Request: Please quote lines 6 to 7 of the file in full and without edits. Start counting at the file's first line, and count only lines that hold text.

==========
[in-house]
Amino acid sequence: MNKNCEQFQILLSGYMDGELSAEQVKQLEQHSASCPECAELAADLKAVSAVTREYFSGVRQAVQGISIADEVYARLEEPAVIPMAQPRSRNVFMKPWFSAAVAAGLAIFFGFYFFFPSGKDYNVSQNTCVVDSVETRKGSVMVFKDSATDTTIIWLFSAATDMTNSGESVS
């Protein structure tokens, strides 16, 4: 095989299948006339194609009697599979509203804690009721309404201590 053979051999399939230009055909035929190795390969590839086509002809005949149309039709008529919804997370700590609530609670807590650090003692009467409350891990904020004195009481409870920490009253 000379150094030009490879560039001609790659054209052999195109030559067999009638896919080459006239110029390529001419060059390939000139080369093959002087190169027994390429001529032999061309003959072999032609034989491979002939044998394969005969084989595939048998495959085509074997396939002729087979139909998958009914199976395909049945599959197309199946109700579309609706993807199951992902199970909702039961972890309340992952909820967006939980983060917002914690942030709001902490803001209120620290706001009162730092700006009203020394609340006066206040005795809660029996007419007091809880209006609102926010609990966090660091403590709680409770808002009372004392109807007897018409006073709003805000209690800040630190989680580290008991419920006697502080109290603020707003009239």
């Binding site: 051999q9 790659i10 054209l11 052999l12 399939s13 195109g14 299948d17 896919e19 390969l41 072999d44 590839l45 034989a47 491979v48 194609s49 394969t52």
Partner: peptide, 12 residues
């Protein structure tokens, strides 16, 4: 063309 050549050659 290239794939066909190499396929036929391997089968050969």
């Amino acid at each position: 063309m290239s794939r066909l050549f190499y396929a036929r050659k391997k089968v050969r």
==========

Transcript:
């Protein structure tokens, strides 16, 4: 063309 050549050659 290239794939066909190499396929036929391997089968050969």
């Amino acid at each position: 063309m290239s794939r066909l050549f190499y396929a036929r050659k391997k089968v050969r």